Childbearing in Geographically Isolated Communities: The Smith Island Experience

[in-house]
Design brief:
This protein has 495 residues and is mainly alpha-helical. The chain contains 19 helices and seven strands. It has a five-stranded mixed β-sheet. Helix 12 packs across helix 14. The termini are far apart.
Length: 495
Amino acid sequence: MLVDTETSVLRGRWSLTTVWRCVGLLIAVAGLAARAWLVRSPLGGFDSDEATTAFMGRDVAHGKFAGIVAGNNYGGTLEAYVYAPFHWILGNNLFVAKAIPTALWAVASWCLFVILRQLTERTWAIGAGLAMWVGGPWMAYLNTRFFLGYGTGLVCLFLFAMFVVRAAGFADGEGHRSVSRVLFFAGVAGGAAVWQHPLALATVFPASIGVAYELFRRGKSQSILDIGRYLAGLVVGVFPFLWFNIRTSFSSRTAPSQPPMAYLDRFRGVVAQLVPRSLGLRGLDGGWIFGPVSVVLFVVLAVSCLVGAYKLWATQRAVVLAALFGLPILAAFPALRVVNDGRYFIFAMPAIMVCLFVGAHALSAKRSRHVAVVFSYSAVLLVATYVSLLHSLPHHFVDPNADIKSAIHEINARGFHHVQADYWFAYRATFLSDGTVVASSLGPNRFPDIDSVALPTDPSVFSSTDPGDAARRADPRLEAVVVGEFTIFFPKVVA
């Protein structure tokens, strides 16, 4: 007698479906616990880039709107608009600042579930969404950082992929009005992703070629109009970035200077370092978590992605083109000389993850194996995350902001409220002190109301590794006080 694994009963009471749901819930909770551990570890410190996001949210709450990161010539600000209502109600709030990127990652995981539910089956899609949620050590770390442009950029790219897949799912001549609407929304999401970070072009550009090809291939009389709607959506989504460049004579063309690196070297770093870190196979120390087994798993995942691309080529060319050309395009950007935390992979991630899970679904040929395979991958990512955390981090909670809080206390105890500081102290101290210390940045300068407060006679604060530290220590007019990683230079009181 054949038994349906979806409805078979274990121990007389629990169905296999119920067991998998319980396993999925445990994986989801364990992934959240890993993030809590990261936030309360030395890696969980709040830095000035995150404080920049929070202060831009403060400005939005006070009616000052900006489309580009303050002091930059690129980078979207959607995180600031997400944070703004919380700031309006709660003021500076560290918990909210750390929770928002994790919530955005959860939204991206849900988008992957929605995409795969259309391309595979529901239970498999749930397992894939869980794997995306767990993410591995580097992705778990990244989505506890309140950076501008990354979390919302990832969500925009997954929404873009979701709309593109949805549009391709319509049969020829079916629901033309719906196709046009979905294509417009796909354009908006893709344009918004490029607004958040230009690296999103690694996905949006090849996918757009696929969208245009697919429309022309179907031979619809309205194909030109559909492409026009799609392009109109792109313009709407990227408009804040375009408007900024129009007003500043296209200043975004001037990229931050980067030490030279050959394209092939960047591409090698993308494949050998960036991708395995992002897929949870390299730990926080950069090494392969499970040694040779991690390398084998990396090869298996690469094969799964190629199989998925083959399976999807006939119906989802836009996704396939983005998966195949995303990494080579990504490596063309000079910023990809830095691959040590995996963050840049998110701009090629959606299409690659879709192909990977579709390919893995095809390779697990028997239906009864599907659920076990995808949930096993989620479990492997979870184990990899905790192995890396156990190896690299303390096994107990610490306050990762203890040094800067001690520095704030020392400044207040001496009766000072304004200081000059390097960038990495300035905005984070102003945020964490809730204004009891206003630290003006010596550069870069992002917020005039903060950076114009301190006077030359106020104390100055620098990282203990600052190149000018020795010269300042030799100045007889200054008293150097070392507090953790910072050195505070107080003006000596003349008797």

Objective: The objective of this study is to explore the childbearing beliefs and to describe the perspectives of pregnancy in women living on Smith Island, a geographically isolated community that lacks on-site obstetrical care services. Design: A qualitative exploratory, longitudinal focus group model consisting of two focus groups, conducted 6 years apart, that included 12 female participants was used. The focus group used open-ended questions regarding their childbirth experiences and the impact of geographic isolation and lack of healthcare access impacted them during the childbearing period. During the initial focus group, 60%multiparous and participated in a 70 minute interview. The second focus group contained only multiparous women and lasted 110 minutes. The timing interval represented the interval when another group of women had given birth. The study included 100% of women who were pregnant and subsequently gave birth who were living on the Island during the study period. Data collection and analysis were performed simultaneously and included: audio recordings with verbatim transcription, and subsequent coding using direct quotes from the participants. Findings: The majority of women identified acceptance of pregnancy as a safe, normal biological process and identified strong religious beliefs as the underlining factor for their perceptions. All women identified themselves as Methodist religion and “to be religious”. All of the women also identified anxiety, separation strain, and financial strain as normal components associated with pregnancy and childbearing in this remote island community. Of the women who had never given birth, all of them, and the majority of the multiparous women feared their family members, especially their husbands, would miss the actual birth due to geographic separation and feared being alone in labor and at the time of birth. Conclusions: The strong religious presence provided a foundation of acceptance of normalcy of childbearing. Women perceived their religious beliefs as a source of protection. They viewed childbirth as a rite of passage, but reported spending a great deal of time and financial resources on obtaining prenatal care. Separation strain occurred when the women were forced to be away from family and friends at the end of the pregnancy. Multiparous women with older children expressed a greater degree of stress in being separated from children and having to manage childcare and school issues. All of the women in the study had a fear that their husbands, working watermen, would missthe birth itself and that they would be alone at the time of birth.